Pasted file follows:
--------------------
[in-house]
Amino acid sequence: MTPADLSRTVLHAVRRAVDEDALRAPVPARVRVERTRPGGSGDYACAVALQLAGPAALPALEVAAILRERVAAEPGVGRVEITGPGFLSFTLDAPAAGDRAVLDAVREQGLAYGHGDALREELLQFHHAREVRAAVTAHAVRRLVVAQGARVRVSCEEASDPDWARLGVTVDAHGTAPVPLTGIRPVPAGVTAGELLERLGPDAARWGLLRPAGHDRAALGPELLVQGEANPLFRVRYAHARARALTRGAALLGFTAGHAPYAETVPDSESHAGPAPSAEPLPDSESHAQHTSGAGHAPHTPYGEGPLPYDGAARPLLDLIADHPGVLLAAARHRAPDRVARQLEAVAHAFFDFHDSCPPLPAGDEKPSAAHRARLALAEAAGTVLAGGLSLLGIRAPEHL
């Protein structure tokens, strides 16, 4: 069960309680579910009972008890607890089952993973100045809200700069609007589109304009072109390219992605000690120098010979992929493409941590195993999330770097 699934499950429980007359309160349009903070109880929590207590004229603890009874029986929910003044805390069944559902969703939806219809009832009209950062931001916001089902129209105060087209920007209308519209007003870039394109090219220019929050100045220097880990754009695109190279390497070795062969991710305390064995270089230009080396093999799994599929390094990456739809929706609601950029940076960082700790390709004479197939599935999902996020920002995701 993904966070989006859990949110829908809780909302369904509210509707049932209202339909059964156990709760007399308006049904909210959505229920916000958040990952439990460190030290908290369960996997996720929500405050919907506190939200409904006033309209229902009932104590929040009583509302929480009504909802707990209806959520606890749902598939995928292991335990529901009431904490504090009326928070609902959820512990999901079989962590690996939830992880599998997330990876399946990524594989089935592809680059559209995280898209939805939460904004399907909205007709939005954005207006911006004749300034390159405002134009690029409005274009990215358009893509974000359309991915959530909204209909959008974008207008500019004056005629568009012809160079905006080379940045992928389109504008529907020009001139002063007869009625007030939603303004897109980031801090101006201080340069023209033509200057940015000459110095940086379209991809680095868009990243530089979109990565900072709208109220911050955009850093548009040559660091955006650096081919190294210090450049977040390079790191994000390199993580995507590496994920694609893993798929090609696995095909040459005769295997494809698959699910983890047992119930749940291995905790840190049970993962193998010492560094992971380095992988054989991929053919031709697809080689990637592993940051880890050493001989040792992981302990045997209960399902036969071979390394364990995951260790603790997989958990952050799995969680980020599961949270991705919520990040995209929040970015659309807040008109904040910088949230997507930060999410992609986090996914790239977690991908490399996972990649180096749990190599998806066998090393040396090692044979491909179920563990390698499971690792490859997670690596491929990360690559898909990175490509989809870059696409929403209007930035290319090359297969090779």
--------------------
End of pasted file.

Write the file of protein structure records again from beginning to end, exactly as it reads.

[in-house]
Amino acid sequence: MTPADLSRTVLHAVRRAVDEDALRAPVPARVRVERTRPGGSGDYACAVALQLAGPAALPALEVAAILRERVAAEPGVGRVEITGPGFLSFTLDAPAAGDRAVLDAVREQGLAYGHGDALREELLQFHHAREVRAAVTAHAVRRLVVAQGARVRVSCEEASDPDWARLGVTVDAHGTAPVPLTGIRPVPAGVTAGELLERLGPDAARWGLLRPAGHDRAALGPELLVQGEANPLFRVRYAHARARALTRGAALLGFTAGHAPYAETVPDSESHAGPAPSAEPLPDSESHAQHTSGAGHAPHTPYGEGPLPYDGAARPLLDLIADHPGVLLAAARHRAPDRVARQLEAVAHAFFDFHDSCPPLPAGDEKPSAAHRARLALAEAAGTVLAGGLSLLGIRAPEHL
């Protein structure tokens, strides 16, 4: 069960309680579910009972008890607890089952993973100045809200700069609007589109304009072109390219992605000690120098010979992929493409941590195993999330770097 699934499950429980007359309160349009903070109880929590207590004229603890009874029986929910003044805390069944559902969703939806219809009832009209950062931001916001089902129209105060087209920007209308519209007003870039394109090219220019929050100045220097880990754009695109190279390497070795062969991710305390064995270089230009080396093999799994599929390094990456739809929706609601950029940076960082700790390709004479197939599935999902996020920002995701 993904966070989006859990949110829908809780909302369904509210509707049932209202339909059964156990709760007399308006049904909210959505229920916000958040990952439990460190030290908290369960996997996720929500405050919907506190939200409904006033309209229902009932104590929040009583509302929480009504909802707990209806959520606890749902598939995928292991335990529901009431904490504090009326928070609902959820512990999901079989962590690996939830992880599998997330990876399946990524594989089935592809680059559209995280898209939805939460904004399907909205007709939005954005207006911006004749300034390159405002134009690029409005274009990215358009893509974000359309991915959530909204209909959008974008207008500019004056005629568009012809160079905006080379940045992928389109504008529907020009001139002063007869009625007030939603303004897109980031801090101006201080340069023209033509200057940015000459110095940086379209991809680095868009990243530089979109990565900072709208109220911050955009850093548009040559660091955006650096081919190294210090450049977040390079790191994000390199993580995507590496994920694609893993798929090609696995095909040459005769295997494809698959699910983890047992119930749940291995905790840190049970993962193998010492560094992971380095992988054989991929053919031709697809080689990637592993940051880890050493001989040792992981302990045997209960399902036969071979390394364990995951260790603790997989958990952050799995969680980020599961949270991705919520990040995209929040970015659309807040008109904040910088949230997507930060999410992609986090996914790239977690991908490399996972990649180096749990190599998806066998090393040396090692044979491909179920563990390698499971690792490859997670690596491929990360690559898909990175490509989809870059696409929403209007930035290319090359297969090779």